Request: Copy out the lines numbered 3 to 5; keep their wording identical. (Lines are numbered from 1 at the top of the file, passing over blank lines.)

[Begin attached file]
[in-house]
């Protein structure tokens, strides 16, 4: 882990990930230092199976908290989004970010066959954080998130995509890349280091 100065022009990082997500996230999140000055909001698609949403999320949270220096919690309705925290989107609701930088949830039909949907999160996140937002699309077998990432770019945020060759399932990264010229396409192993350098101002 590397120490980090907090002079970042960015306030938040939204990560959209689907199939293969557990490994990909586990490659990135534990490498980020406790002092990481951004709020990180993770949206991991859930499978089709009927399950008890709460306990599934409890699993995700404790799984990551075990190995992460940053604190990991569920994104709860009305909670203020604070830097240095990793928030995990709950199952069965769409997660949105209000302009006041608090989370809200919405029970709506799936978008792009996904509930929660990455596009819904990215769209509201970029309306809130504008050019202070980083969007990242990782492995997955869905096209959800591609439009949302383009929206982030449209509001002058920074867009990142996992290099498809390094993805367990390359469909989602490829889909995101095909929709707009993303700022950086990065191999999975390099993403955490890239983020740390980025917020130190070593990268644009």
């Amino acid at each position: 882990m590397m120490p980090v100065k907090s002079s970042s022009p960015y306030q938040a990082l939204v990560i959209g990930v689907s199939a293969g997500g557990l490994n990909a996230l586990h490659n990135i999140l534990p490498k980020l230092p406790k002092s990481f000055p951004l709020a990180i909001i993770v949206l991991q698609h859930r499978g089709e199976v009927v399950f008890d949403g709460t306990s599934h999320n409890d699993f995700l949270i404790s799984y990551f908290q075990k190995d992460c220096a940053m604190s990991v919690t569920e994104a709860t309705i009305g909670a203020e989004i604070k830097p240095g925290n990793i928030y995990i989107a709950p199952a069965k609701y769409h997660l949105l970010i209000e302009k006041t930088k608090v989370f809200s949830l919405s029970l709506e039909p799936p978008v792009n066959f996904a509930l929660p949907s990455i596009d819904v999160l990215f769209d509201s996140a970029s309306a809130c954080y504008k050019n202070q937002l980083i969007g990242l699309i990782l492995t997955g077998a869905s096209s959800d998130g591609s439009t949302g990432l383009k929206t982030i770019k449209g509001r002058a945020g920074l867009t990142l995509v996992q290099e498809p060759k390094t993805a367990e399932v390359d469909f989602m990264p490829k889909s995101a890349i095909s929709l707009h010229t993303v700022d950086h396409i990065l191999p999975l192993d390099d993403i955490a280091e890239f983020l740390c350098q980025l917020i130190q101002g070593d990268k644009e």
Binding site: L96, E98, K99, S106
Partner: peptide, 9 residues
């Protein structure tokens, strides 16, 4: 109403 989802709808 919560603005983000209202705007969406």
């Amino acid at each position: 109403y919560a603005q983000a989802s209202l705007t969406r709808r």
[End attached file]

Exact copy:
């Amino acid at each position: 882990m590397m120490p980090v100065k907090s002079s970042s022009p960015y306030q938040a990082l939204v990560i959209g990930v689907s199939a293969g997500g557990l490994n990909a996230l586990h490659n990135i999140l534990p490498k980020l230092p406790k002092s990481f000055p951004l709020a990180i909001i993770v949206l991991q698609h859930r499978g089709e199976v009927v399950f008890d949403g709460t306990s599934h999320n409890d699993f995700l949270i404790s799984y990551f908290q075990k190995d992460c220096a940053m604190s990991v919690t569920e994104a709860t309705i009305g909670a203020e989004i604070k830097p240095g925290n990793i928030y995990i989107a709950p199952a069965k609701y769409h997660l949105l970010i209000e302009k006041t930088k608090v989370f809200s949830l919405s029970l709506e039909p799936p978008v792009n066959f996904a509930l929660p949907s990455i596009d819904v999160l990215f769209d509201s996140a970029s309306a809130c954080y504008k050019n202070q937002l980083i969007g990242l699309i990782l492995t997955g077998a869905s096209s959800d998130g591609s439009t949302g990432l383009k929206t982030i770019k449209g509001r002058a945020g920074l867009t990142l995509v996992q290099e498809p060759k390094t993805a367990e399932v390359d469909f989602m990264p490829k889909s995101a890349i095909s929709l707009h010229t993303v700022d950086h396409i990065l191999p999975l192993d390099d993403i955490a280091e890239f983020l740390c350098q980025l917020i130190q101002g070593d990268k644009e």
Binding site: L96, E98, K99, S106
Partner: peptide, 9 residues